AMMA’s Workplace Policy Advisor, Tegan Morris (pictured) has prepared for members the following comprehensive case summary of the WorkPac v Rossato Full Federal Court Judgement. For CEO comment, read this related article.

Last Wednesday (20 May 2020) the Full Federal Court delivered its long-anticipated judgment in Workpac v Rossato, dismissing Workpac’s claims for declarations that coal mine worker Robert Rossato was a casual employee and not entitled to claim back-paid permanent entitlements.

The decision backs the earlier contentious Workpac v Skene ruling that an employee’s patterns of work were the key determinative factor to their employment status.

It is also the first decision which tests the application of new Fair Work Regulations 2009 (Cth) in determining whether employers can offset the casual loading paid to an employee against claims for permanent entitlements.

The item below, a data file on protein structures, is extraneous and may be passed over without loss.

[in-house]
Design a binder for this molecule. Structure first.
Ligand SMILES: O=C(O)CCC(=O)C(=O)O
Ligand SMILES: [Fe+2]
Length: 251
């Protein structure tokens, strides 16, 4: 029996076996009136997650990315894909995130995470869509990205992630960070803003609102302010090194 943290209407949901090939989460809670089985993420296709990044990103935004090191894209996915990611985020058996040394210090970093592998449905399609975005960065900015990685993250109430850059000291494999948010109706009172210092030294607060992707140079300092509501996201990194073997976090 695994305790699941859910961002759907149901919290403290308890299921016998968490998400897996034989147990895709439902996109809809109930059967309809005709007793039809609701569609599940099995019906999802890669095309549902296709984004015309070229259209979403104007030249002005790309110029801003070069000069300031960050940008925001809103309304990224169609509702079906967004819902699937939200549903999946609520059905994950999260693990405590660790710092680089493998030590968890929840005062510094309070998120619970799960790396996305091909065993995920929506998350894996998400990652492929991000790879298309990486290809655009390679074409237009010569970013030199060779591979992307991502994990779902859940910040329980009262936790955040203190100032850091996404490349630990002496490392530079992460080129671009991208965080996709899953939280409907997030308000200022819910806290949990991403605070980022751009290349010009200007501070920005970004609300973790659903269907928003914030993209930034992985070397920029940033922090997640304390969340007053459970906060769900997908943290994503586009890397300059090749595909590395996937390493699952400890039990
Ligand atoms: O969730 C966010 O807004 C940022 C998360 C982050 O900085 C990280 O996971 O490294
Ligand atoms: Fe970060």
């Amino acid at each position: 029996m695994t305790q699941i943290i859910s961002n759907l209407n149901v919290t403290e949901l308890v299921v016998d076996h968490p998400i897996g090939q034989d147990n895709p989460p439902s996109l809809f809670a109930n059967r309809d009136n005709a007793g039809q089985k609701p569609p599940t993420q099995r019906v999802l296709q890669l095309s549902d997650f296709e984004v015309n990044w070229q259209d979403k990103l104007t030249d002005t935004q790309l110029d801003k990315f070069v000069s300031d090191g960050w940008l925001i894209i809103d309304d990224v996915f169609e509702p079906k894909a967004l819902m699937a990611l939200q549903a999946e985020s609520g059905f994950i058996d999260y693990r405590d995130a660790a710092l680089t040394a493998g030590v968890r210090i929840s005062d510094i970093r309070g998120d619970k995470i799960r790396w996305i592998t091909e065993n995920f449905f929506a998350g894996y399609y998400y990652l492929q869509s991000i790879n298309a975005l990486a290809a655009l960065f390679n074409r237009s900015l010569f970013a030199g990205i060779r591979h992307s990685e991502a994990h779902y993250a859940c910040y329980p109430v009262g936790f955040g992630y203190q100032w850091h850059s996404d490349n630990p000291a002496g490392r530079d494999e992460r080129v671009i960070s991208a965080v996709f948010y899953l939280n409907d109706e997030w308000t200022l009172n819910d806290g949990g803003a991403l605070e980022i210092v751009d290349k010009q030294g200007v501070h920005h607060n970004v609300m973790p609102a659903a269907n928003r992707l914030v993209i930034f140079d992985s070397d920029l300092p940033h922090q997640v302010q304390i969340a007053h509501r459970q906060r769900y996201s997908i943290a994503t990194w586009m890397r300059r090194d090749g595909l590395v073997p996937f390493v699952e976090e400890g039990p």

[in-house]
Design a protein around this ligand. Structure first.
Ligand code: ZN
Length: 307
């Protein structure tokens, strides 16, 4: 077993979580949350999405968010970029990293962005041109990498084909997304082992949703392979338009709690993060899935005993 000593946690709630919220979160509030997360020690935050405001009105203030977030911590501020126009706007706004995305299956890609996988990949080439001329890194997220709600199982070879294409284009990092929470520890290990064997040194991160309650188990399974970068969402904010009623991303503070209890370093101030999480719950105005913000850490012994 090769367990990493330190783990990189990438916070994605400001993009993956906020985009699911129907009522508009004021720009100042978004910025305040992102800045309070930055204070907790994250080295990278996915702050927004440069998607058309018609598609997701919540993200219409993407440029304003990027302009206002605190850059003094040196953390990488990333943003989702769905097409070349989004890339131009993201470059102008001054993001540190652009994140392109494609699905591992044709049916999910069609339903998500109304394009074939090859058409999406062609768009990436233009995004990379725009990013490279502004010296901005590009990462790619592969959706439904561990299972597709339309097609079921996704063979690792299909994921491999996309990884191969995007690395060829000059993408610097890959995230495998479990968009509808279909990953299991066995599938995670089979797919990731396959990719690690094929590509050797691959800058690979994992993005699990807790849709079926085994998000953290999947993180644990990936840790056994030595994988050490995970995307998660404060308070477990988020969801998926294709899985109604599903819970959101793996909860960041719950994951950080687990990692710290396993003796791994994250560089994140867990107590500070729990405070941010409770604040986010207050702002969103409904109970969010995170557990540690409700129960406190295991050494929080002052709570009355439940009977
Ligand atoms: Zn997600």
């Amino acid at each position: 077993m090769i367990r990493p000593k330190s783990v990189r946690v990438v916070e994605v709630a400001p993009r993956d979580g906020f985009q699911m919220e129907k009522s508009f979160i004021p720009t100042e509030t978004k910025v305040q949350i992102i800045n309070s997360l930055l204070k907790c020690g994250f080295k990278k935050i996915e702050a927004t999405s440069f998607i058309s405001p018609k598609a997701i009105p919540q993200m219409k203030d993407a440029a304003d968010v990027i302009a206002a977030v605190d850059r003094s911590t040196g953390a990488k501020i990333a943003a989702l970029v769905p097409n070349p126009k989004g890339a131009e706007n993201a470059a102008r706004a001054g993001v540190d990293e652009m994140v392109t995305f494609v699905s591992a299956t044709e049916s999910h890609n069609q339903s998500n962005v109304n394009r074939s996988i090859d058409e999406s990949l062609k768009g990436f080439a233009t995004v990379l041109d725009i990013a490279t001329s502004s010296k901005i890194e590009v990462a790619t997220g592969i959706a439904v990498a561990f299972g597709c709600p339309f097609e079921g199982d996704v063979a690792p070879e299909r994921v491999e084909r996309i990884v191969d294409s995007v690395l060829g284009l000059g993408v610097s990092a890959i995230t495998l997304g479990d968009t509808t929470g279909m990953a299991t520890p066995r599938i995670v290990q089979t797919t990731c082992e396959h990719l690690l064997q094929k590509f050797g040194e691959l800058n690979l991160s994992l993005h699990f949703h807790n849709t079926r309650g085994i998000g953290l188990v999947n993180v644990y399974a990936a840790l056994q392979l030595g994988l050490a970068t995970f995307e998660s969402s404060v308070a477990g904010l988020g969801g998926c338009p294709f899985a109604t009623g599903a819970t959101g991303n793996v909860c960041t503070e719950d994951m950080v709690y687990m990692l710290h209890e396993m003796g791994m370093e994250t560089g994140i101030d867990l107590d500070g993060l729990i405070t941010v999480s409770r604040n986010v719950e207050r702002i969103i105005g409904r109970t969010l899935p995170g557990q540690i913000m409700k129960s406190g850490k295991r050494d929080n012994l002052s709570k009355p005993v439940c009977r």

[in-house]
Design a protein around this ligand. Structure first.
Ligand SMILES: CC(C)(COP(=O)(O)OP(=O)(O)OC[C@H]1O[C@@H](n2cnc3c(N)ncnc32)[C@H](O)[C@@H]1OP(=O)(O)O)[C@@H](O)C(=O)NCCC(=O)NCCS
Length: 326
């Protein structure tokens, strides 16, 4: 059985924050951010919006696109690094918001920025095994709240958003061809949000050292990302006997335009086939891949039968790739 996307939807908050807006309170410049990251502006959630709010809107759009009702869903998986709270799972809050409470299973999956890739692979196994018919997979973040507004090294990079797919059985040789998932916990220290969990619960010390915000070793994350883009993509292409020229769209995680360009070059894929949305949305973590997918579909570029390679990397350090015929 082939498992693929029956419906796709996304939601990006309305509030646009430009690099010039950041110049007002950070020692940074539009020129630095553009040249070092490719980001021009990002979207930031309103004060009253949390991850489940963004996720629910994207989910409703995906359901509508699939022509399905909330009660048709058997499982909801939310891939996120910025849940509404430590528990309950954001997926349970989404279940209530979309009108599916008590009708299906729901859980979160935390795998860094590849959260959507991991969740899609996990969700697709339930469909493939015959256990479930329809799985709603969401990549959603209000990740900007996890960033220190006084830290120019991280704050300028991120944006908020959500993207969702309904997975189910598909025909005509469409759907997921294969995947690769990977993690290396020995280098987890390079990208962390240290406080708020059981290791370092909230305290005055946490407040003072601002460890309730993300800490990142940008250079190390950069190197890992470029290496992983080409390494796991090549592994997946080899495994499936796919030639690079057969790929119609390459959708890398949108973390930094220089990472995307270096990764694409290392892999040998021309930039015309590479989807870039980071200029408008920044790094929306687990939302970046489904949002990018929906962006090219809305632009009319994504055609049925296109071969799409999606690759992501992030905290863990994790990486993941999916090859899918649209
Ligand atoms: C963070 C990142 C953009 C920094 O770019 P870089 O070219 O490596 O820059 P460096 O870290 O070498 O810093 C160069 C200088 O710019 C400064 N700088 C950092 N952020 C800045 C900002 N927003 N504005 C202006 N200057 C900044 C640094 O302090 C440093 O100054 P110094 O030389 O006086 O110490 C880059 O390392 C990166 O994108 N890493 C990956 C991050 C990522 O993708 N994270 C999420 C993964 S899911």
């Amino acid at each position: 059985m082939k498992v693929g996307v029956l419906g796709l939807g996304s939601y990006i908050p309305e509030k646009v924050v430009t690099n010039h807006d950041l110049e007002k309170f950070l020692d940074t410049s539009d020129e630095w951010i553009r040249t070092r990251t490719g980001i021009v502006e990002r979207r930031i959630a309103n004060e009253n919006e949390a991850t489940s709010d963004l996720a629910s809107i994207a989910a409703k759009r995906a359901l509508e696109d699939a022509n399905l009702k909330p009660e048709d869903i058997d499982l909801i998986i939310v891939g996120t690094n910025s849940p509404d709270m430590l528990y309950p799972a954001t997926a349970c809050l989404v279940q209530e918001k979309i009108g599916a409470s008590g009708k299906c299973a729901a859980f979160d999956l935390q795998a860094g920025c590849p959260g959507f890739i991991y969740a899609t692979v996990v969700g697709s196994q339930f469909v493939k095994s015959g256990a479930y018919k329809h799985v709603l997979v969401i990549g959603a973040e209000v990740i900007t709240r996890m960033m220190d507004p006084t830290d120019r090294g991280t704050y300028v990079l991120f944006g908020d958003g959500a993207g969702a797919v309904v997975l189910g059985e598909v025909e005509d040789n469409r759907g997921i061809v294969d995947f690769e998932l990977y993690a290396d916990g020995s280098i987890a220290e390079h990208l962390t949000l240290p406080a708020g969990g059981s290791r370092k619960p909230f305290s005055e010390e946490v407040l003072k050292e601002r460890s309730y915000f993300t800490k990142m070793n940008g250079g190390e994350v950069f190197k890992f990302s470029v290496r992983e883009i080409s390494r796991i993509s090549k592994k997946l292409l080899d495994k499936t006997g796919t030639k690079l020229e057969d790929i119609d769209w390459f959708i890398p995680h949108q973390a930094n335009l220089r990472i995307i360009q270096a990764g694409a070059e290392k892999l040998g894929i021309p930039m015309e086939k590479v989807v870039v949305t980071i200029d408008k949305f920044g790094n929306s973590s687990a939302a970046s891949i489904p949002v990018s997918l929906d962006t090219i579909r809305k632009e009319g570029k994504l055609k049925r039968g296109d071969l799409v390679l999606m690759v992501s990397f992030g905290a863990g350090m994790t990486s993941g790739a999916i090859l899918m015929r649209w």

The Federal Court judgment has reignited calls for the Australian Government to resolve the casual employment issue and provide greater clarity and certainty to employers and employees on the rights and entitlements of casual workers in Australian workplaces.


From July 2014 until his retirement in April 2018, Workpac engaged Mr Rossato as a casual employee to provide labour hire services at various coal mines across Queensland.